Juno plus Lolita.
At several points during "Salt and Pepper," police inadvertently park over sewers that have bombs in them. The cars are blown up, which is good fun.
At another point in the same movie, there is a soldier with a grenade fastened to his belt. One of our heroes delicately pulls the grenade pin and the soldier is blown up, which is not such good fun, I think.
"Salt and Pepper" is at least nominally a comedy. But it contains scenes too violent to be absorbed by the comedy form and becomes a weird exercise in inconsistency: We're never quite sure whether to expect a pratfall or an immolation. In any event, we get too many of both.
About the first thing we learn in the movie is that Sammy Davis Jr., plays Salt and Peter Lawford plays Pepper. But Davis is black and Lawford is white -- get it? If you found it funny, this is your movie. The confusion over names becomes a running gag. As you might guess, the movie is terribly short on running gags.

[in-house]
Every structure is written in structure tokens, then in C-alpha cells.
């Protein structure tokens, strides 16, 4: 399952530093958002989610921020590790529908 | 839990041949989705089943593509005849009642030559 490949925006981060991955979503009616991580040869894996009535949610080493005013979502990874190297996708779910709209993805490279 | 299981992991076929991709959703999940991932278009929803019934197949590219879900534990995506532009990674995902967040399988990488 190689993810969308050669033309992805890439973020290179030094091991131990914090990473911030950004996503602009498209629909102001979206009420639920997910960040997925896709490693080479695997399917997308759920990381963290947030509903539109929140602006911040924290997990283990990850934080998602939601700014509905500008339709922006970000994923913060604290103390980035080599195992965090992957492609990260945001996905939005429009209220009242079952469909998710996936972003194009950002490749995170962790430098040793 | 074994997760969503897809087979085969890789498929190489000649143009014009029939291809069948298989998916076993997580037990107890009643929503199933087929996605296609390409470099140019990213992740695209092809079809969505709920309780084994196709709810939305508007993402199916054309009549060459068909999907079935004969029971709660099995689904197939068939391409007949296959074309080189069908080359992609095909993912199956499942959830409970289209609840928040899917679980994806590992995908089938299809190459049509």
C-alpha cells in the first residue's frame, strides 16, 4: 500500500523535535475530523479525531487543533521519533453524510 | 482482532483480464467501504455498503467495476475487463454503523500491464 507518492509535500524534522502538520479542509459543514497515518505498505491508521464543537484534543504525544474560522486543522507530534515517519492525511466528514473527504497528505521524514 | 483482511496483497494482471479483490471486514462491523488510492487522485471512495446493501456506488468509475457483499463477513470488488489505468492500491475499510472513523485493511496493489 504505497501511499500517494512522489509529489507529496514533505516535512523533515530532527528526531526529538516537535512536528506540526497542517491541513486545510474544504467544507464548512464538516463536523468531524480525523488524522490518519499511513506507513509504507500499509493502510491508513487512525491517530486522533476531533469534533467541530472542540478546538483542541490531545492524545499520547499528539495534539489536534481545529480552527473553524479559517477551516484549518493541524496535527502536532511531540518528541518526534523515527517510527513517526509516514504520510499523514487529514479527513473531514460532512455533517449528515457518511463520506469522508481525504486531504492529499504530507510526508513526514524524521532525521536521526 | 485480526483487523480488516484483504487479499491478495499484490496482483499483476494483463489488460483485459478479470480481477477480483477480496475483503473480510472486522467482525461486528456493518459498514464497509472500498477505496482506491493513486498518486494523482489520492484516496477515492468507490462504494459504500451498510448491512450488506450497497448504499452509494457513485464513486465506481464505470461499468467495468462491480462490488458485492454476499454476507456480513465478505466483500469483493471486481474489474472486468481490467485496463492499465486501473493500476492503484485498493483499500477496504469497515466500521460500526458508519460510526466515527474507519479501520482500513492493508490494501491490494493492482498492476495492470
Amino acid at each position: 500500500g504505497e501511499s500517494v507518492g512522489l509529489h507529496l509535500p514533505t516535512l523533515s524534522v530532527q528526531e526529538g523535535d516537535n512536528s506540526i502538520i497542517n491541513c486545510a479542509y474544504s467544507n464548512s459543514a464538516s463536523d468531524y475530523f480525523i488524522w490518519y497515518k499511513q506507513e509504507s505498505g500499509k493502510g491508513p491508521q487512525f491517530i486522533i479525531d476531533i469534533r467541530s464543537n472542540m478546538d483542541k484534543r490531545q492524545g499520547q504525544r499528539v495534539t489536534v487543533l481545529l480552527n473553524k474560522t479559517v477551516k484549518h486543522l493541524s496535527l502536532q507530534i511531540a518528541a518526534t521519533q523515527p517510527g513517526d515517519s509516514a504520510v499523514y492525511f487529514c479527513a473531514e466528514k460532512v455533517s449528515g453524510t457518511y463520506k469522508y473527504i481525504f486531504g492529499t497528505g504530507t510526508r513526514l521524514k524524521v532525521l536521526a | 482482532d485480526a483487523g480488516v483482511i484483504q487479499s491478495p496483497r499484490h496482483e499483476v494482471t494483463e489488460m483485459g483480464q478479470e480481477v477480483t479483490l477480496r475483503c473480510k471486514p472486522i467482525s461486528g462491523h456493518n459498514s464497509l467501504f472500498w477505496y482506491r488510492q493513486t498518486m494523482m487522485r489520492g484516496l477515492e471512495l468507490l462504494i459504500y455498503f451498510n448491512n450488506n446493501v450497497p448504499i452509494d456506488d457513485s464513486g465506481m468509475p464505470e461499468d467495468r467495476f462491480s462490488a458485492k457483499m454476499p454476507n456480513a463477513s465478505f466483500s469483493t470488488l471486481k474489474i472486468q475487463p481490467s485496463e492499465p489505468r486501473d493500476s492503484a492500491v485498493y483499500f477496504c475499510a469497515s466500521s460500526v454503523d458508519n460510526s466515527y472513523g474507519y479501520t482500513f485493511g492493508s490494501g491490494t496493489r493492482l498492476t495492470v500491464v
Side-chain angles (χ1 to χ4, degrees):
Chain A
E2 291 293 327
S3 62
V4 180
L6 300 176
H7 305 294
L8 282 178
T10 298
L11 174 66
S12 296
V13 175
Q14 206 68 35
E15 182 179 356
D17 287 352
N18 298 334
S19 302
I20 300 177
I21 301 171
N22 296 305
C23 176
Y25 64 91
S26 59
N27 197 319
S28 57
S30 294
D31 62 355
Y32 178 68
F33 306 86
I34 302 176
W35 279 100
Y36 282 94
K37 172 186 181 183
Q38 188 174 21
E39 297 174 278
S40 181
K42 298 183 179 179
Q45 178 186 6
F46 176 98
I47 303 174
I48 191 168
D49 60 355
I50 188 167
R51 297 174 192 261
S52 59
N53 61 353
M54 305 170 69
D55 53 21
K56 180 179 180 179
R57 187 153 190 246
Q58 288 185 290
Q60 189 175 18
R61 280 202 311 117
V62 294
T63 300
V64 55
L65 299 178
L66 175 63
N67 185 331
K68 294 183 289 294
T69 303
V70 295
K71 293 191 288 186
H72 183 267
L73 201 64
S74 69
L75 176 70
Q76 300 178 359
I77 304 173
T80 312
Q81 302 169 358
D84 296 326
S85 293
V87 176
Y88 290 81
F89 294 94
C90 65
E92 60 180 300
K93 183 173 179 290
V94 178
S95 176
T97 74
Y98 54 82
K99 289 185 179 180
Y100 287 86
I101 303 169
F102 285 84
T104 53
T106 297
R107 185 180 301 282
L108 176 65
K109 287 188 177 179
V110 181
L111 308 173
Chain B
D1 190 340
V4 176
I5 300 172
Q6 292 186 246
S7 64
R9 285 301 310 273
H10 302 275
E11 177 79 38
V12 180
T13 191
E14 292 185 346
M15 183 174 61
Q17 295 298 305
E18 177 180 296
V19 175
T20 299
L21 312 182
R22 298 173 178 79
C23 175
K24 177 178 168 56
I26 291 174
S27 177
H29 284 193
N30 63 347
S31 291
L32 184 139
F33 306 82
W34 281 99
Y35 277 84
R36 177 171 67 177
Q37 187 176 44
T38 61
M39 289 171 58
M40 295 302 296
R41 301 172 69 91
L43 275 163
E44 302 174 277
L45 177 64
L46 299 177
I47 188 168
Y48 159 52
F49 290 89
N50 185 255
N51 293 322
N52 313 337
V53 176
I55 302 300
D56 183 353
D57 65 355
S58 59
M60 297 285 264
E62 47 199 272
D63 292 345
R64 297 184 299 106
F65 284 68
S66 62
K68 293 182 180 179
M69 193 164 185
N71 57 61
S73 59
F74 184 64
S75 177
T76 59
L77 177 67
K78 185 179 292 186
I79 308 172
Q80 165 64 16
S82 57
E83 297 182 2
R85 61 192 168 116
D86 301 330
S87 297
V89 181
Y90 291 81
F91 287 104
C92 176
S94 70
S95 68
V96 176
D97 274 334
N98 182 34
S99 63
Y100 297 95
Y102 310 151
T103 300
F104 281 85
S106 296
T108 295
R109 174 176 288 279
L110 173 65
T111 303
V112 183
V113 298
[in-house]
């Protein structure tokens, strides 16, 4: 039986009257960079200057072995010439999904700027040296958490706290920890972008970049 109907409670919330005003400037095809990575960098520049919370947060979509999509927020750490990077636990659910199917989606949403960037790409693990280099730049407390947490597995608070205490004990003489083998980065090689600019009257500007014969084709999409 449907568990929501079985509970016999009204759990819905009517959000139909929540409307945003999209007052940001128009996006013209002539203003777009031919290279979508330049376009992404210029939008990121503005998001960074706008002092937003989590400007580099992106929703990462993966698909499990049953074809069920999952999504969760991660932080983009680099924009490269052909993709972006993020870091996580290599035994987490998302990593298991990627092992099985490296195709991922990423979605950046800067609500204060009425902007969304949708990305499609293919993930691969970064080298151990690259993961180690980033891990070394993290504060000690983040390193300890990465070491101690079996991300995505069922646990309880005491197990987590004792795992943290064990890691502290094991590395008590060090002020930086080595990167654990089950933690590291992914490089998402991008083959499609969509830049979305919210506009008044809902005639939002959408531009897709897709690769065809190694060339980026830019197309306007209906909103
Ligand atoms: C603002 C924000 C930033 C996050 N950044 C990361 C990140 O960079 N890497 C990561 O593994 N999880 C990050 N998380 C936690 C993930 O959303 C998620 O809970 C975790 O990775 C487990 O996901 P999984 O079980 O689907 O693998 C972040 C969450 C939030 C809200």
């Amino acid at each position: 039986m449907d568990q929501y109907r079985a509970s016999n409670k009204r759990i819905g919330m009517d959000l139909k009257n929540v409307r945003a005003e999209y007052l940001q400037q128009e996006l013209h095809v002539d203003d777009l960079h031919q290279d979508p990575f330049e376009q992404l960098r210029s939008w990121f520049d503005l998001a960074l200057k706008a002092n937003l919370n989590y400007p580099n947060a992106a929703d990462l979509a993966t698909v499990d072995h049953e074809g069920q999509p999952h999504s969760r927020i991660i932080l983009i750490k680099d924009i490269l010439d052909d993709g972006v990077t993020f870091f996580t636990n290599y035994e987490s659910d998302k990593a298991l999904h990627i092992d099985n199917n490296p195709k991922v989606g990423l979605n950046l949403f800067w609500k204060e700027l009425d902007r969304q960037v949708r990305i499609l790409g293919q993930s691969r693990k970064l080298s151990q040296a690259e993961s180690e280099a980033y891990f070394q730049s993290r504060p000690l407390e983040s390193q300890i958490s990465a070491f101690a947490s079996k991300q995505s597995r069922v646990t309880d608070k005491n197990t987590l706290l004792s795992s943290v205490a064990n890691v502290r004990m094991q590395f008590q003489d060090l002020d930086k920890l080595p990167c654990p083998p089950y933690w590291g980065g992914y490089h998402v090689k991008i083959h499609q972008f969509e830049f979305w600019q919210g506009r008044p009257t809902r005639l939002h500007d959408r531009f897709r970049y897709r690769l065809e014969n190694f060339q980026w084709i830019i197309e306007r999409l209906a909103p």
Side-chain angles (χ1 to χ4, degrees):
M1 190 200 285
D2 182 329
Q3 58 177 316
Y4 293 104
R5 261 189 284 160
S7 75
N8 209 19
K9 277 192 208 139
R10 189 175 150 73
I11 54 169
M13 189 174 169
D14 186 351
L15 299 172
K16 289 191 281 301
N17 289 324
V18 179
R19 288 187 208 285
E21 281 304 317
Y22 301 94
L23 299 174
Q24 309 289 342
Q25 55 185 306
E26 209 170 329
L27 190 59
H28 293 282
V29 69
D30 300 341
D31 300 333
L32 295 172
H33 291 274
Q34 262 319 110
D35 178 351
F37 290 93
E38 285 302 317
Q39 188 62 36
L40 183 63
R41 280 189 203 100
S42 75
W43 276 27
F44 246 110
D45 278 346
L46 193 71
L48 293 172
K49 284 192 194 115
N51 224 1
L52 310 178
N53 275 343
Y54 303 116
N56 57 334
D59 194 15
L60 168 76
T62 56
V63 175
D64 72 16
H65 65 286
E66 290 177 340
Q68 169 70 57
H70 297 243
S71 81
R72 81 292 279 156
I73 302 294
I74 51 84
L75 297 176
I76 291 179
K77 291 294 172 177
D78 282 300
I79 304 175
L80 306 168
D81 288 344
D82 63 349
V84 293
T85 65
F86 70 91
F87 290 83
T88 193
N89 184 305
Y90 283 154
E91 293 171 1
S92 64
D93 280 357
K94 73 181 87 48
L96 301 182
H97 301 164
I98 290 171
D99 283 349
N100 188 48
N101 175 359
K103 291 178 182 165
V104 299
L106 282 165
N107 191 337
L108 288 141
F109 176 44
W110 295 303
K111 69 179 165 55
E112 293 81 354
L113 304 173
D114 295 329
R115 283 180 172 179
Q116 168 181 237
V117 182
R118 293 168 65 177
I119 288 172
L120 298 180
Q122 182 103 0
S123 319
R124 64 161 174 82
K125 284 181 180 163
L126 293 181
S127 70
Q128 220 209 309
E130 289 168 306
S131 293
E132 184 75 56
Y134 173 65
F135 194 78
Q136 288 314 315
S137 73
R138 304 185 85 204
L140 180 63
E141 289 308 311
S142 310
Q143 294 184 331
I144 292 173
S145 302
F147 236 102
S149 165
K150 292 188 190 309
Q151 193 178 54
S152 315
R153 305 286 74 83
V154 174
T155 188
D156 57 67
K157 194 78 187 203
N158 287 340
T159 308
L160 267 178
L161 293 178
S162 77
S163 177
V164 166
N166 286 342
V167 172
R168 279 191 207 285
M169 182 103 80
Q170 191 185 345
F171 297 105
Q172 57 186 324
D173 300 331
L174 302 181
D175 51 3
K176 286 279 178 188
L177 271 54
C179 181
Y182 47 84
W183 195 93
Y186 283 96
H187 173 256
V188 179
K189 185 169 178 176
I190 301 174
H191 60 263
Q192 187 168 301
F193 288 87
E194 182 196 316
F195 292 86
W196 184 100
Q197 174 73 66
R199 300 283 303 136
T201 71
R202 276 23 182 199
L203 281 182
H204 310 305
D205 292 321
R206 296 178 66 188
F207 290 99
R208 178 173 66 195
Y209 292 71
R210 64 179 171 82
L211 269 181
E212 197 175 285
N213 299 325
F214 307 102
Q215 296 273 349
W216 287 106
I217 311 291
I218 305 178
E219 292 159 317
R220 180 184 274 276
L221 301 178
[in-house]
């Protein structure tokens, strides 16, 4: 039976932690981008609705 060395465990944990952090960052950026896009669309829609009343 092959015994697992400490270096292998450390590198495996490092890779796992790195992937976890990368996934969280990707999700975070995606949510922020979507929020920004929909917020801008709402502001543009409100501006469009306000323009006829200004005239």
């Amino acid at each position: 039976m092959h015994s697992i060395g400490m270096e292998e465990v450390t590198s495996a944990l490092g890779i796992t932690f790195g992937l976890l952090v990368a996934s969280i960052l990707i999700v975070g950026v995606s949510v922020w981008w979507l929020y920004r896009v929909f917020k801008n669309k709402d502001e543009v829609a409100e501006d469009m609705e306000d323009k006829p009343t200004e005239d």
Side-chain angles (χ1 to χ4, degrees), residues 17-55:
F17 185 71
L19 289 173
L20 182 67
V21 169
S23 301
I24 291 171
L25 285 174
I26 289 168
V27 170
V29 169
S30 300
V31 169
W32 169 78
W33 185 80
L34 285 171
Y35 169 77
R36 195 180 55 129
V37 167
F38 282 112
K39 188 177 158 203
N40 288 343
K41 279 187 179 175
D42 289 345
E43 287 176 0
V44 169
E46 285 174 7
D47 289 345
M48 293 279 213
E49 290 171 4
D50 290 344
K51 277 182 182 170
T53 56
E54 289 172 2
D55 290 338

The plot involves Lawford and Davis as the co-owners of a Soho nightclub. They get involved with some sexy dames and comic strip police inspectors and more or less stumble into a plot to overthrow the British government. It's an easy plot to stumble into, but sticky to get out of.
Davis has a scene where he plays the guitar like a rock singer, and that, I think, is a criminal waste of talent. I have seen Davis in person several times and am inclined to think he's the best act in show business.
I am at a loss to account for this movie. I know It's tough to find a good movie property, but I wish Sammy would find one suited to his talent, instead of very nearly fatal to it.
A review of Steven Spielberg's "Ready Player One" from the SXSW Film Festival.
Netflix's "Wild Wild Country" is easily one of the craziest documentaries I’ve ever seen.
It's not uncommon to feel blue.